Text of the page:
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RE: [Help-glpk] Using branch and cut starting with relaxed solution

From: Joey Rios
Subject: RE: [Help-glpk] Using branch and cut starting with relaxed solution
Date: Fri, 19 Dec 2008 11:04:18 -0800

Hi Michael,

> If the relaxed solution found is known to be basic,
> the LP can be greatly reduced for the purpose of finding the basis.
> Simply remove every constraint that is known to not be tight.
> When you put them back, every added variable will be basic.

I don't know that the relaxed solution is basic.  In fact, I'm pretty sure it isn't.  If I run my regular monolithic (non-decomposed) version of the problem I can (usually) get an integer solution from the glp_simplex call.  When I run the decomposed version, I get the same optimal value, but a non-integer solution.

> Finding a basis is trickier if the relaxed solution is not known to be basic.
> Degeneracy and near degeneracy often present the
> problem of how to tell something small from zero.
> It's not always solvable.
> Reduced costs can help.
> If an optimal reduced cost is known to be nonzero,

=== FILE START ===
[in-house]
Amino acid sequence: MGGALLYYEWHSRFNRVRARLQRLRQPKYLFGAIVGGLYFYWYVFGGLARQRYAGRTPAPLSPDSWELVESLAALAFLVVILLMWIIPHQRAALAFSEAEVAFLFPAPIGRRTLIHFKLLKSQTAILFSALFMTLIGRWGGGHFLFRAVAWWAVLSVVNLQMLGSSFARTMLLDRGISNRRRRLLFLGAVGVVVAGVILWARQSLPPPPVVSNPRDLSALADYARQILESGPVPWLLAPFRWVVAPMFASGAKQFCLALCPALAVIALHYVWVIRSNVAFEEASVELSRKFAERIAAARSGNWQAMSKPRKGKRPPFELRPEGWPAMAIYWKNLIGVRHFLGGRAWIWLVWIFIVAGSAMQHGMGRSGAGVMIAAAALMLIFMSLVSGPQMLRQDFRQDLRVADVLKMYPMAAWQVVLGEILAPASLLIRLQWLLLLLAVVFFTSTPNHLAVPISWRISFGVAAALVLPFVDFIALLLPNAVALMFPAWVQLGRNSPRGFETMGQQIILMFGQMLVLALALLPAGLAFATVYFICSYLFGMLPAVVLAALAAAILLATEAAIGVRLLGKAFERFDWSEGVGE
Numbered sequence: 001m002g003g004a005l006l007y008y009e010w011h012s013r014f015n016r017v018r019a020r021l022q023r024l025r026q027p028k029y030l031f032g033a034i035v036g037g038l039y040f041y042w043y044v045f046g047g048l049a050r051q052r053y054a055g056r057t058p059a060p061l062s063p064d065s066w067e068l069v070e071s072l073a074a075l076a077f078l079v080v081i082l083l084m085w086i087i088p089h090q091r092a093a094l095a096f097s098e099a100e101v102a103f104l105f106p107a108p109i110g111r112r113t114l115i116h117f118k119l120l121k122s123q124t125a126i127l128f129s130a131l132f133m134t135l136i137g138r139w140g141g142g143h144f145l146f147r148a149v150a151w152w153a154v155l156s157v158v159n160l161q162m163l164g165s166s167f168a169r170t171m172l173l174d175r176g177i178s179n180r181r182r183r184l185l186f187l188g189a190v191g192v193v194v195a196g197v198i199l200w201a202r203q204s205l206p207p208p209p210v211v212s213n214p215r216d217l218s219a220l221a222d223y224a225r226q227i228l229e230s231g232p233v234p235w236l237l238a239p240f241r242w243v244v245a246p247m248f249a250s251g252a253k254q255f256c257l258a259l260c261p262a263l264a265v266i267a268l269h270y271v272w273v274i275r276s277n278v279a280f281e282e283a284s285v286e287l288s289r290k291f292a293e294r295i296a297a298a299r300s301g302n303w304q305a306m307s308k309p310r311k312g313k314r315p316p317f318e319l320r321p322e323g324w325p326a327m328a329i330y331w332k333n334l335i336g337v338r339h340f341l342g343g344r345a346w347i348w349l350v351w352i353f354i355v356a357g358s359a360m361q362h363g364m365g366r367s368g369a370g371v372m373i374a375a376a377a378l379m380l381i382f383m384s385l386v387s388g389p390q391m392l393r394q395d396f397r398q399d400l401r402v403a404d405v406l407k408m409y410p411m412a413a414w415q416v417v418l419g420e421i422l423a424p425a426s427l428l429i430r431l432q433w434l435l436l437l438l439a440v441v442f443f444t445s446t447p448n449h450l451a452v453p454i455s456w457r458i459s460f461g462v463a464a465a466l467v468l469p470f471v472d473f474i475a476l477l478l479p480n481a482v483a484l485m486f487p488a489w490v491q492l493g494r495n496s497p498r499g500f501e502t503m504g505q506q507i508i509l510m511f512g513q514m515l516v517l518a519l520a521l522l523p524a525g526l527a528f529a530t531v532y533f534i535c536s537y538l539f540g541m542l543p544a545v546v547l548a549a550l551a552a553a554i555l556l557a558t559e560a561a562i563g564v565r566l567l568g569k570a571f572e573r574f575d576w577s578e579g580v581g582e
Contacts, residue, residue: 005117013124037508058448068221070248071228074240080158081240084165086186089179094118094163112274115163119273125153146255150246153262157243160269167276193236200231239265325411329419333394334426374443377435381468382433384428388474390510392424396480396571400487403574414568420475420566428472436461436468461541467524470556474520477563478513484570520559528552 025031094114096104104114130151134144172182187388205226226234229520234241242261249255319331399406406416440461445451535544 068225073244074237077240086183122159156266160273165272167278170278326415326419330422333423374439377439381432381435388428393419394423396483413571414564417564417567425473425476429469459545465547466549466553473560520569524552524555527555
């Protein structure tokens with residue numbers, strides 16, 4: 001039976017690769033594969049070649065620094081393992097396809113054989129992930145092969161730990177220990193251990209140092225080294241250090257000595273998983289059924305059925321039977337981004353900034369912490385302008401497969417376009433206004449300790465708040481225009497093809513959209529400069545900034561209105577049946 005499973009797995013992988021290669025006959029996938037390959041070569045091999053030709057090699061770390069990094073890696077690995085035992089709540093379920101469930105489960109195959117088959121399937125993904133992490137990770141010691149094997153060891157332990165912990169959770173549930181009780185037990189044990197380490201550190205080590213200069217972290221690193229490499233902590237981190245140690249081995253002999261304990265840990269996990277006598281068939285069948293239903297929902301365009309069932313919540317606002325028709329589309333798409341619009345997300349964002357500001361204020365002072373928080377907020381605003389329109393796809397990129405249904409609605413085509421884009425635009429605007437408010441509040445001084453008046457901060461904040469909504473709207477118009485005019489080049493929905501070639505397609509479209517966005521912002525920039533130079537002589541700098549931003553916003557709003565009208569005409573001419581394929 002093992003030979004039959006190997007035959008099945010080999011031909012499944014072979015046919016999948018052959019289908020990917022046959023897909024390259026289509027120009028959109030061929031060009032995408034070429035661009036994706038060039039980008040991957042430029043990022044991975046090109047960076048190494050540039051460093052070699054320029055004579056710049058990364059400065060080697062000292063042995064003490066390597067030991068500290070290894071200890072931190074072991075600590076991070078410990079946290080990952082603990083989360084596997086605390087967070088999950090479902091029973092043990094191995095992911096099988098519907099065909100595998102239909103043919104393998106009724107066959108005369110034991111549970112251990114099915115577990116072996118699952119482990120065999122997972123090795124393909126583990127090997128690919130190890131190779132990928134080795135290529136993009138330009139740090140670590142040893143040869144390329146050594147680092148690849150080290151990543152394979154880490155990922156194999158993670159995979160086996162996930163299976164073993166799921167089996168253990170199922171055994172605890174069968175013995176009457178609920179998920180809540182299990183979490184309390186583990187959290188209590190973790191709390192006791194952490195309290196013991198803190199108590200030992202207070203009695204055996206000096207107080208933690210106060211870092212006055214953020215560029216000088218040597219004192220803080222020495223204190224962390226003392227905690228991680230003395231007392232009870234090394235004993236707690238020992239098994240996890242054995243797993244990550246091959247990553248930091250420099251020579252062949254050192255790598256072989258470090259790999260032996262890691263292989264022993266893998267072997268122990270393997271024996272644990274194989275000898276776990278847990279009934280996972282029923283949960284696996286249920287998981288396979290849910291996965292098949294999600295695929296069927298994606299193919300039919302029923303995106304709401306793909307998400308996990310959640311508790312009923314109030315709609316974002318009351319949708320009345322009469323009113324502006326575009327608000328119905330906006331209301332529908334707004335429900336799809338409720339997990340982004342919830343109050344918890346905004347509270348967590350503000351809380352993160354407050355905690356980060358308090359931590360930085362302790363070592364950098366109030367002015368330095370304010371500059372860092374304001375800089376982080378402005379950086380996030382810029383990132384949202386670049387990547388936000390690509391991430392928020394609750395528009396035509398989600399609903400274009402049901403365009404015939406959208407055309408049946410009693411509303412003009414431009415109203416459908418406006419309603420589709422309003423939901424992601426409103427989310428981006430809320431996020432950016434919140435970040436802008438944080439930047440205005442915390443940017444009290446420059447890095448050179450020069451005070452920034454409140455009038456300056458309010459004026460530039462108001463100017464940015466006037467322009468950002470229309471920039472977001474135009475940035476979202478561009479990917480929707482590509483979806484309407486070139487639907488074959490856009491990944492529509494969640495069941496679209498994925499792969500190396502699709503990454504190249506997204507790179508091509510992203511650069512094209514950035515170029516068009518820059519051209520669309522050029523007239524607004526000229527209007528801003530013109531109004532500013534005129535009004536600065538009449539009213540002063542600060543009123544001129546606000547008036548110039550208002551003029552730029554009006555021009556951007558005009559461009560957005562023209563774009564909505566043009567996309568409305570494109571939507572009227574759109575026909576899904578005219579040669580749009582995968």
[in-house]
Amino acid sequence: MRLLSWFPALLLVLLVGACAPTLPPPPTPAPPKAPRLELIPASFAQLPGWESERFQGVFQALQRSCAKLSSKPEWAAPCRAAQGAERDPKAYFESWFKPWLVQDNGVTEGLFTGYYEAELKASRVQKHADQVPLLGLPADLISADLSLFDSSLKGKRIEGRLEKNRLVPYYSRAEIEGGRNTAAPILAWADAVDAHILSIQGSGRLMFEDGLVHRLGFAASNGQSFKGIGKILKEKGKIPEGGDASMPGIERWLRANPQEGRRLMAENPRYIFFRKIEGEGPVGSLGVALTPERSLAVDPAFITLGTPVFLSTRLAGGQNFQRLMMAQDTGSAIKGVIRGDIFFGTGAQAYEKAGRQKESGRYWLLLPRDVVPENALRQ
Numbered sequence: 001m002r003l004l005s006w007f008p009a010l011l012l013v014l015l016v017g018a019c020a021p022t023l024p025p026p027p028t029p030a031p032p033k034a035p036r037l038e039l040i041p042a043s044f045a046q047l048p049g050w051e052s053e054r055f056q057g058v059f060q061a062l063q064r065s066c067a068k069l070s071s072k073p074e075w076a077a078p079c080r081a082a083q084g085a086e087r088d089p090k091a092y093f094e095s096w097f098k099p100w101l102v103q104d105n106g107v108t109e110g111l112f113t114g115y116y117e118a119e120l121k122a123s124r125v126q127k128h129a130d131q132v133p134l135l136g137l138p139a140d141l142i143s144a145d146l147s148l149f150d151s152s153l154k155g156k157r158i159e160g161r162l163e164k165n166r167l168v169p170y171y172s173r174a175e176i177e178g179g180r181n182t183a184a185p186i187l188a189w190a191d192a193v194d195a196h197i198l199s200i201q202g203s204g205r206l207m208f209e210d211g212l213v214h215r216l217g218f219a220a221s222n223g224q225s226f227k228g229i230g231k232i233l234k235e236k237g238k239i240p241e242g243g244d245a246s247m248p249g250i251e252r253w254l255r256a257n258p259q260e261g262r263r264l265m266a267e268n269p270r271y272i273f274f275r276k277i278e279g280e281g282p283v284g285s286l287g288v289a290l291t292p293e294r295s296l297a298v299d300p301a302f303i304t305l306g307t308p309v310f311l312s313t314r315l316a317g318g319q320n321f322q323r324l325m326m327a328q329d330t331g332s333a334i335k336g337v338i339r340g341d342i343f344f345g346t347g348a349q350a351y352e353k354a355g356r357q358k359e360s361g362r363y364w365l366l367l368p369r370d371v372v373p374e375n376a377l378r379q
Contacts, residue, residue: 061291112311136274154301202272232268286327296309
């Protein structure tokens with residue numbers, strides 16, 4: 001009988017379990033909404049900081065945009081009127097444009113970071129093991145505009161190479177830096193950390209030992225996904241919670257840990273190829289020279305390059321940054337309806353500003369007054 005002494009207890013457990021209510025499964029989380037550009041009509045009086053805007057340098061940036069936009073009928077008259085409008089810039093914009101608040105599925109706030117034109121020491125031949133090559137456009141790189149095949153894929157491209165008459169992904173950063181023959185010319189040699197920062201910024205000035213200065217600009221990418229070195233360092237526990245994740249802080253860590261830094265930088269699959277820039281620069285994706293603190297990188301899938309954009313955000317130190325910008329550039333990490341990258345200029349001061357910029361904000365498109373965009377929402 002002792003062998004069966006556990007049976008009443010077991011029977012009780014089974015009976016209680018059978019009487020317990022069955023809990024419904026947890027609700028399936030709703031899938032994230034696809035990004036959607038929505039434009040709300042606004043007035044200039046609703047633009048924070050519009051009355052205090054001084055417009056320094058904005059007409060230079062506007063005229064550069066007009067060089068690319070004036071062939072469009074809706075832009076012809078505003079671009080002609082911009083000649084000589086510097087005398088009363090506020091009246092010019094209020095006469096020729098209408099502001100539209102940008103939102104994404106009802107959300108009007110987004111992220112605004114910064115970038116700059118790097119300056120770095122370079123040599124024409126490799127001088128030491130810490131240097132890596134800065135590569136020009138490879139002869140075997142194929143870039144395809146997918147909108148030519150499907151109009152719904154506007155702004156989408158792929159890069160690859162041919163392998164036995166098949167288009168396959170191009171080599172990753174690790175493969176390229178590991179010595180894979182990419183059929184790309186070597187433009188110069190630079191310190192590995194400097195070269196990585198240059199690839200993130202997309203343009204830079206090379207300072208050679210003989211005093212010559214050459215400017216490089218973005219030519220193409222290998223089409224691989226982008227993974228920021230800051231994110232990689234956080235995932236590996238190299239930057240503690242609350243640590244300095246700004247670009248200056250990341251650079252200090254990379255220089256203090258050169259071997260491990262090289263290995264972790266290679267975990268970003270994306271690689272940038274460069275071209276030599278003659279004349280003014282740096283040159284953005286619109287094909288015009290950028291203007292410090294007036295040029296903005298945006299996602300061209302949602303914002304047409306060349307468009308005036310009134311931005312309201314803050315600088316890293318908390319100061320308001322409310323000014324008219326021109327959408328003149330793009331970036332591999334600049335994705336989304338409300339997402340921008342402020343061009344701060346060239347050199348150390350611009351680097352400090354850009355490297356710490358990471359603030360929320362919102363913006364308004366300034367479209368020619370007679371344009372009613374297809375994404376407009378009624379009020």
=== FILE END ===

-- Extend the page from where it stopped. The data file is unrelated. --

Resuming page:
> the corresponding constraint must be tight.
> If there is no optimal solution for which a constraint is tight,
> that constraint may be dropped.

I'm not sure how to use the tools you are talking about here.  How can I say anything about reduced costs if I don't have a basis yet?

> If the factor of 100 persists in the B&B subproblems,
> you might want to consider rolling your own
> so that you can take advantage of decomposition.

At this point, I am probably just going to implement a rounding heuristic on the variables and see which constraints I 'break'.  I may end up being OK with a few unsatisfied constraints given the computational efficiency of my decompostion. 


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